No you can't have an engine analyze a whole book, but this isn't really necessary -- the book is already chock full of statistical analysis based on the games the book was created from. The engine will decide on a move based on a combination of the statistical success percentage of the given moves in that position and any "weighting" figures which may be present (either because the user has tweaked them by hand or they've been changed by the program's previous success or failure in prior games when 'Book learning" was enabled). -- SL

 


Follow the yellow brick road and you reach --. If you're in Shredderville on the weg "10.ctg," the "!!'road leads one all over the place, e.g.:: 1.e4 e5 2.Nf3 d3 "!!" 3.d4 Nf6 "!!" 4.dxe5 Nxe4 5.Qd5 etc. For one thing I think we blew through a red light at the corner of 4.Nc3 and +/=.

ChessBase knows how the job is done. What is the explanation - what is the purpose?

Richard Runke

Despite the illegal 2...d3 you gave (I'm pretty sure you meant ...d6), I was able to follow the notation. The move 4.Nc3 is given in the opening book, so I assume that Shredder opted for the pawn capture in the game you played instead of the Knight move. The exclams designate a preferred move as set up by the opening book's creator; while the move is preferred, it's also not a guarantee that the program will play it, especially if the weighting factors in the book have been altered or the book option for a greater variety of play has been selected. I'm pretty sure that's what's happened here, since 4.Nc3 is also given the exclams, designating it as the preferred move. -- SL

 


Hi,can you please tell me how to uninstall the Nalimov tablebases?

Kevin Harrison

There are two options here:

1) In Windows, go to Start/Settings/Add-Remove Programs and see if you have a "Fritz Endgame Turbo" listing (I can't tell you for sure because I don't have the hard drive space to do a full install of the complete set of tablebases). If so, select this listing, click the "Add/Remove" button, and then follow the prompts;
2) Manually delete the .emd files from the tablebases folder using "My Computer" or "Windows Explorer".

That's all there is to it. -- SL

 


Regarding tablebases:

So when will we see 7 pieces and how big will that be?

What is a practical limit 8, 10, 12?

What kind of storage is needed for these?

And what is the point (10, 15 pieces)where access (a few seconds or more)time becomes significant?

Michael Roza

The crystal ball's in the shop for repairs, Michael, so anything I answer will be a guess or extrapolation. Taking your questions in order:

1) Considering that the full set of six piecers is still in the works, I imagine it'll be a while before we see seven piecers. But when/if they appear, they're gonna be huge. Considering that at least one of the six piece files won't even fit on a DVD, you can imagine how big the sevens will be. Then the question becomes: how will the end user obtain the files? Until DVDs are superceded by the new megadisk formats currently being developed, I think distribution is going to be a problem.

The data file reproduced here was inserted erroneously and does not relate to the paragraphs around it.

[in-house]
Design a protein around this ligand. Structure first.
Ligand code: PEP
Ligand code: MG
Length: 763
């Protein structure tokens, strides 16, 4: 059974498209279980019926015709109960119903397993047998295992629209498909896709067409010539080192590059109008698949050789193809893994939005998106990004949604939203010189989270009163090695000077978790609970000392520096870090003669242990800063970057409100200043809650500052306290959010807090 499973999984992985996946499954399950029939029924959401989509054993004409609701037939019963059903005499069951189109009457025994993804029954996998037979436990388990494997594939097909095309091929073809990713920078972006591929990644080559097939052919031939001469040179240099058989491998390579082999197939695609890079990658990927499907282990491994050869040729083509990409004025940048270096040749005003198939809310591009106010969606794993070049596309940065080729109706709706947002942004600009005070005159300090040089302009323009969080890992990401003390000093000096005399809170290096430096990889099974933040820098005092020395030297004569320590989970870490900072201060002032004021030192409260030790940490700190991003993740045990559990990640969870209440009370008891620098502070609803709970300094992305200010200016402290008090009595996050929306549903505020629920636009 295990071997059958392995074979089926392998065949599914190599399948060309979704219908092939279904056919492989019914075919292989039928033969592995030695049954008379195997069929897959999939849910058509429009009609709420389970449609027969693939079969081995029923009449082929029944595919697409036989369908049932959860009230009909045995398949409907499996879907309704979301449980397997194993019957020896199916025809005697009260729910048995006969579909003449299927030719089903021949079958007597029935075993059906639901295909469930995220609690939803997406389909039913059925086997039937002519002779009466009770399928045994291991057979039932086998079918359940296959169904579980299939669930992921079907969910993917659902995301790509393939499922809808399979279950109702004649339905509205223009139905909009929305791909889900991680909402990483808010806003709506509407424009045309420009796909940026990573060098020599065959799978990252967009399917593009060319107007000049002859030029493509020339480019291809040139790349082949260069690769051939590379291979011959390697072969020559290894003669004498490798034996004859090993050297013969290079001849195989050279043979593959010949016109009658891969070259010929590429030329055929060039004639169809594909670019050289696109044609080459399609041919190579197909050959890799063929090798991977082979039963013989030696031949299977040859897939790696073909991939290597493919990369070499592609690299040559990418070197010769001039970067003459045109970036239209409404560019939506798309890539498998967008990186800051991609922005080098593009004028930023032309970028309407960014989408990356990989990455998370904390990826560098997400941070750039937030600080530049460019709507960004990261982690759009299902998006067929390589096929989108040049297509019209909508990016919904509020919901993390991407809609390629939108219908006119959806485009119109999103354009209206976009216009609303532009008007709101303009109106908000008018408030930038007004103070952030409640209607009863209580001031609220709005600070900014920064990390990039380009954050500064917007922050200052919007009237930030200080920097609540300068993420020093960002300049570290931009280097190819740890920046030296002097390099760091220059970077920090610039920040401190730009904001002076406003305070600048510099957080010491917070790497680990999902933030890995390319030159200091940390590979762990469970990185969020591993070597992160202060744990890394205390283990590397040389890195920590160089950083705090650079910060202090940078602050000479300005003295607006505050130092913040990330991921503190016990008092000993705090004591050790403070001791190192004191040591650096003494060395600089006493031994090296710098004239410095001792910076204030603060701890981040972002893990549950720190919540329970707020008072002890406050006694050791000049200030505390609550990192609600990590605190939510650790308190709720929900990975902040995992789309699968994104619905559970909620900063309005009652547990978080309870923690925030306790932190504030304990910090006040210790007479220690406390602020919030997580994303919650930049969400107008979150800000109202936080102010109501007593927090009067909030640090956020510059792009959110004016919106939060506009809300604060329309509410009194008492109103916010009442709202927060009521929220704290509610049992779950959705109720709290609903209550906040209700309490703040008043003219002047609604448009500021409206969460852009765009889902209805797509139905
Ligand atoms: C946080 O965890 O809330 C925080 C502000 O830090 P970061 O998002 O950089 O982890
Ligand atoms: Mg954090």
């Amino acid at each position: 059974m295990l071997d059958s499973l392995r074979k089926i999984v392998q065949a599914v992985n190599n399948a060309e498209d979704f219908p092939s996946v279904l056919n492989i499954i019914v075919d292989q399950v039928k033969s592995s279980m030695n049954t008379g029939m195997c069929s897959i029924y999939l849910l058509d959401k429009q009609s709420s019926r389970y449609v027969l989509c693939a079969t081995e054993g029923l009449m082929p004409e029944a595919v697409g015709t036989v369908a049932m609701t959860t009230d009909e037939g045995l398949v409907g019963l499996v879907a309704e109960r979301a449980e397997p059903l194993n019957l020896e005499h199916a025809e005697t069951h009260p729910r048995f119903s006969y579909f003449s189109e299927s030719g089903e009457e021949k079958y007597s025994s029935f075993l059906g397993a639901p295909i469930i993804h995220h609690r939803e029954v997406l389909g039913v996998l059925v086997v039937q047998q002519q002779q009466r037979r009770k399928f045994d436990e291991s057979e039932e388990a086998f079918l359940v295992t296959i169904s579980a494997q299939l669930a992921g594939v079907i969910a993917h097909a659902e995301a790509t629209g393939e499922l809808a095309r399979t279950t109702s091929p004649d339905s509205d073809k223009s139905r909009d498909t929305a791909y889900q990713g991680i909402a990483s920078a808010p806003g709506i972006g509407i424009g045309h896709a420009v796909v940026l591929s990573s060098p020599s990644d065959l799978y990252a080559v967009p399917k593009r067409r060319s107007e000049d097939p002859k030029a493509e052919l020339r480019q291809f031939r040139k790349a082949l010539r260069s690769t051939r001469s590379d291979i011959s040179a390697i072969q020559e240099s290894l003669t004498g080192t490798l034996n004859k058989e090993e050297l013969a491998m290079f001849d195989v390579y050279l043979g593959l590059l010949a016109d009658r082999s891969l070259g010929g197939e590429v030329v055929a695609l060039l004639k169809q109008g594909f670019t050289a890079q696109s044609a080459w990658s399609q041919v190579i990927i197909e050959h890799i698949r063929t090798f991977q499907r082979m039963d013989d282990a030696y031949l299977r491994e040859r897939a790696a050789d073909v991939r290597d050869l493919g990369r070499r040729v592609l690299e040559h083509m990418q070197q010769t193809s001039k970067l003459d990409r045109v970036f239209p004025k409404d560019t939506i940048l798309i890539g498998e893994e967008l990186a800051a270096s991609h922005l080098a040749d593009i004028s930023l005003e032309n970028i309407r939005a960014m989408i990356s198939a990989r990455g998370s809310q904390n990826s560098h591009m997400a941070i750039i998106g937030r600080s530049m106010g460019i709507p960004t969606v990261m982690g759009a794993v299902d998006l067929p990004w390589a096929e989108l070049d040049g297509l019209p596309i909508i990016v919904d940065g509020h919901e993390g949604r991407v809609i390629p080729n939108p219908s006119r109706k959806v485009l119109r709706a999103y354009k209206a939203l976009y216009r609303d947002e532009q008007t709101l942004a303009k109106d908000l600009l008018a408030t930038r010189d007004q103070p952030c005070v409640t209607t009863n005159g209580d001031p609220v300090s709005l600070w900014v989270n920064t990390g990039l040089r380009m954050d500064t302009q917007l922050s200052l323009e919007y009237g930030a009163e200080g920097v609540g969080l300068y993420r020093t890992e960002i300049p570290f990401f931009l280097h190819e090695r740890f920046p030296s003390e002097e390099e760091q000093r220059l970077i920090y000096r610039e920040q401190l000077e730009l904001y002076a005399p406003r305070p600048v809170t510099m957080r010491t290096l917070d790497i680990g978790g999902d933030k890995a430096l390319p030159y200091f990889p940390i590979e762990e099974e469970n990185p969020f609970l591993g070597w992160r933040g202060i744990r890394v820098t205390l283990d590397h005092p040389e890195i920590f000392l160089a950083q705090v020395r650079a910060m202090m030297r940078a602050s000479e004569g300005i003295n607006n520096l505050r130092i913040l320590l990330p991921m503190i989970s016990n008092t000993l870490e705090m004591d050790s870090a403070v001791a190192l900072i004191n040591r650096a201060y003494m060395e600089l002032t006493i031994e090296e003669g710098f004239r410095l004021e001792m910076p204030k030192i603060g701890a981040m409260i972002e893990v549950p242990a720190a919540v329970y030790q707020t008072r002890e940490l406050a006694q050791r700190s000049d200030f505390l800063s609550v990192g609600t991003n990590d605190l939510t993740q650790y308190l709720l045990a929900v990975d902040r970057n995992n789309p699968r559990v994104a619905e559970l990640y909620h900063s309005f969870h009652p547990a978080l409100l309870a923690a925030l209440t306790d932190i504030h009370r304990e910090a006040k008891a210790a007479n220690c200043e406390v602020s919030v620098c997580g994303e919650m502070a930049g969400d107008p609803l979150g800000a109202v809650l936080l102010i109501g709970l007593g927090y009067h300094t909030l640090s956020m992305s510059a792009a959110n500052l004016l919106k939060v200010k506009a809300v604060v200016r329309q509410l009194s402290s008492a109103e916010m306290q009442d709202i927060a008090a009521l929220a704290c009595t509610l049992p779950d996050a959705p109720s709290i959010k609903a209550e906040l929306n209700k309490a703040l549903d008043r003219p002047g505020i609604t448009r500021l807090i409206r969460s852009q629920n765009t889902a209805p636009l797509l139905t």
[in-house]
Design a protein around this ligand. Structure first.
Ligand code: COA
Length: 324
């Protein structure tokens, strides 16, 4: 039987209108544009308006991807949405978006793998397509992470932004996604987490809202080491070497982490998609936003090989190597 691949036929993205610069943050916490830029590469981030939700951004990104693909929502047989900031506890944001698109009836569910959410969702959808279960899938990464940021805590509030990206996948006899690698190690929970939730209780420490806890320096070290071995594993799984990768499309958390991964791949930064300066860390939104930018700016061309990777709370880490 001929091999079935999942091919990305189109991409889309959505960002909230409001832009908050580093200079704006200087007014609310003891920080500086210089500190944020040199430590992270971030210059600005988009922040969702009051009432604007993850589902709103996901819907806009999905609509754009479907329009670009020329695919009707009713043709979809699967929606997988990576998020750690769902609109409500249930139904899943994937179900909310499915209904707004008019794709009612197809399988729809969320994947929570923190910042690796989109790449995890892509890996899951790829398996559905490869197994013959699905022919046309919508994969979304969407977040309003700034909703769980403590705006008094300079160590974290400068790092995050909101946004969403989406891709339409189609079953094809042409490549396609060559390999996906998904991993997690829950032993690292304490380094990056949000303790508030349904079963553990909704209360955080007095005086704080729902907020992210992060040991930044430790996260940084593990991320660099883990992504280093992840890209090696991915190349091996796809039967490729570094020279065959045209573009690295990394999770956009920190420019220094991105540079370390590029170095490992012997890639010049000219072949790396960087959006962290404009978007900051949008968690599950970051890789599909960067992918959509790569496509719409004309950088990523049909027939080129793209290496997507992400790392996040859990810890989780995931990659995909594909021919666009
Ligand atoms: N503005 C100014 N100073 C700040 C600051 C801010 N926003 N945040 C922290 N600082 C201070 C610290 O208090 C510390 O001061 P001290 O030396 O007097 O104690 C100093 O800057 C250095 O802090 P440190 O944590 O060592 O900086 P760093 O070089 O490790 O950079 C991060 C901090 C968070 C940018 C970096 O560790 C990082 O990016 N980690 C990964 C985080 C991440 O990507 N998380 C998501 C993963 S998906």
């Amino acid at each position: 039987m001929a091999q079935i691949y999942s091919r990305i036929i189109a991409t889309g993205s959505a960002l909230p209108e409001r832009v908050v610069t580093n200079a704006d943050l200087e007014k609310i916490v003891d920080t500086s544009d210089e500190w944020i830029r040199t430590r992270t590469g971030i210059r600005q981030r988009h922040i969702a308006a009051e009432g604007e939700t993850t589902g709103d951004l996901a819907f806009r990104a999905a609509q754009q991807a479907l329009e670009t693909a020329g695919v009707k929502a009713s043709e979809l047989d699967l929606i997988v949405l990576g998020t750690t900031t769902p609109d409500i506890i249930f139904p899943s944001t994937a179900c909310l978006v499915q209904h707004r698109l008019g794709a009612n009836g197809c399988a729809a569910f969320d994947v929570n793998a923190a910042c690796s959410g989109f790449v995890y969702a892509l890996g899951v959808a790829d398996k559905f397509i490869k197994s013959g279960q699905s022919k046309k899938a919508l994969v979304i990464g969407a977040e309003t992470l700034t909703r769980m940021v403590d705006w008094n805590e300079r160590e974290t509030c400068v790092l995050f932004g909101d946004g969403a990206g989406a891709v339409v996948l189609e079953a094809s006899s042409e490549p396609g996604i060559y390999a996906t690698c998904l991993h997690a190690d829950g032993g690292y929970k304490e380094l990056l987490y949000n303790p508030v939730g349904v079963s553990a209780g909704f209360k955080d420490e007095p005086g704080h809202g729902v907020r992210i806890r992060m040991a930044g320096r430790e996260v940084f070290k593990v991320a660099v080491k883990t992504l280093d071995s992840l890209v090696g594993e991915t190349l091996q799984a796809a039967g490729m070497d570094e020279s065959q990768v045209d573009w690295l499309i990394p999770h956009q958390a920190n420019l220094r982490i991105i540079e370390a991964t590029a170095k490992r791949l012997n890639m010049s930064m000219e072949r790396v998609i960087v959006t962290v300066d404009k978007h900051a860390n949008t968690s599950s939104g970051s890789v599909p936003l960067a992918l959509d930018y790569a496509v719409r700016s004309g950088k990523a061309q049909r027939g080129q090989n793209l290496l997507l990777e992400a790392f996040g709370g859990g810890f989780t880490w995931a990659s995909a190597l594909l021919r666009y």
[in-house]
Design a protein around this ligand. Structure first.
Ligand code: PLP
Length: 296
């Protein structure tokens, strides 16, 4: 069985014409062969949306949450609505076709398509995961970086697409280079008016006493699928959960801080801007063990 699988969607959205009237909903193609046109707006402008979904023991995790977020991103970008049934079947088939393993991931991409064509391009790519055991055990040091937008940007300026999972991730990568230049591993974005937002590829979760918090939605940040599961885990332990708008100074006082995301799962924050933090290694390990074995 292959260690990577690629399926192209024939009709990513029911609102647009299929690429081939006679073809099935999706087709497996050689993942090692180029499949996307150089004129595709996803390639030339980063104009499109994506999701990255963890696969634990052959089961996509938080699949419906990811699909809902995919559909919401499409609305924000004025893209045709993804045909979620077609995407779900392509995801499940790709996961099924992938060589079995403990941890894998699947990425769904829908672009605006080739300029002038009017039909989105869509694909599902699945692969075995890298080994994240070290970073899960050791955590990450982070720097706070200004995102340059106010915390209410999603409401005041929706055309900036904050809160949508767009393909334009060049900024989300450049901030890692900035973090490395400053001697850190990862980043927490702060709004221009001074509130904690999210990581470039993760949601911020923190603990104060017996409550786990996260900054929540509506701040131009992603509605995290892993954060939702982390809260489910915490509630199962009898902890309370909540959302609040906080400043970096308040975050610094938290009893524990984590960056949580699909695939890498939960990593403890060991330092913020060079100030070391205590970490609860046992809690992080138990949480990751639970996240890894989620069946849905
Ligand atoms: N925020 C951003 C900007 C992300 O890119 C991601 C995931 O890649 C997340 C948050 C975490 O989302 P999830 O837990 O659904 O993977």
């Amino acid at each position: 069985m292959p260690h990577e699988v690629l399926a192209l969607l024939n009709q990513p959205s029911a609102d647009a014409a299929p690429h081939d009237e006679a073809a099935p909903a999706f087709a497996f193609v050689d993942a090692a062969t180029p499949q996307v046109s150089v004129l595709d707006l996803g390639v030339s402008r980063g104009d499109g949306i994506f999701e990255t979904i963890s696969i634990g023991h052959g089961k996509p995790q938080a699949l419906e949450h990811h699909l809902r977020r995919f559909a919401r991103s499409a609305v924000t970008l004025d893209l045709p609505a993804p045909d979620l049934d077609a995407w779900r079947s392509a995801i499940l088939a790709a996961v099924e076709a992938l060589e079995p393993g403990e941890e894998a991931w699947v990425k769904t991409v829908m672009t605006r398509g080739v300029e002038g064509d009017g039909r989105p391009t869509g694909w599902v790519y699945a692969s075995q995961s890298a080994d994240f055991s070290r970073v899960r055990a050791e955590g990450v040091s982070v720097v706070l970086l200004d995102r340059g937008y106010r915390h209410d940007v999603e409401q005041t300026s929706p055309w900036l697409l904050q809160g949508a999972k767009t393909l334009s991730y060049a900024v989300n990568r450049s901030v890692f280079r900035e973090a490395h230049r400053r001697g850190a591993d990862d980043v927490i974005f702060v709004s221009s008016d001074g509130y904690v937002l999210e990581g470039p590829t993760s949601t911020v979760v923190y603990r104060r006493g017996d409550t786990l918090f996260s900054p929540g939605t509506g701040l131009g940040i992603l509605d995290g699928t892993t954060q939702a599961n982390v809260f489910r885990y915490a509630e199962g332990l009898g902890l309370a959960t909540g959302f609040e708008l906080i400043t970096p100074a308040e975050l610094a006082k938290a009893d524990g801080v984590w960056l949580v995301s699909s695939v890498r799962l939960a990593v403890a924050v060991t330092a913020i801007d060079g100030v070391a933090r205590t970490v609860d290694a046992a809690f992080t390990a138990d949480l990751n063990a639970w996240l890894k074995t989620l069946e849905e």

2) In theory, there's no limit to the number of pieces in a tablebase. In current practice, though, I think we've come pretty close to maxing it out until hardware (disk storage and processor speeds [for tablebase generation]) catches up a bit.

3) Once again, there's no way to tell with dead certainty (for me, anyway; I'm no mathematician), except that we're seeing a huge progression in the size of the files with each added piece. So you can extrapolate from the current sizes.

4) Define "significant". When just a second or two remains on the program's clock, current access times can be "significant". The definer here will be whether a tablebase is stored on a disk or in RAM; the latter is a lot quicker, but then there's the problem of how much RAM is physically available. And remember that the more RAM you allocate to tablebase caching, the less you have available for the engine's transposition tables. But the faster an engine can access the tablebases the better, all matters of relative "significance" aside.

Of course, the new "Shredderbase" format for tablebases changes the whole equation, because the new format is much more compact than the Nalimov version. The Processor That Ate Toledo will still be required to generate the things, but the storage becomes much easier -- especially for those of us who don't have multiple 100+ GB hard drives on our machines. And access times are much faster, too (more on this point next week).

In short, time will tell. For right now, I think anything higher than six-piecers are impractical for the average user's hardware. But that changes very quickly since new hardware is developed and released all the time; as I'm fond of saying, any hardware you buy is obsolete by the time you get it home and get it out of the box. So we'll see... -- SL

 


More questions are still stuffing the e-mail box, and we'll look at them a bit later. Until next week, have fun!

You can e-mail me with your comments on ChessBase Workshop. All responses will be read, and sending an e-mail to this address grants us permission to use it in a future column. No tech support questions, please.

 


© 2006, Steven A. Lopez. All rights reserved.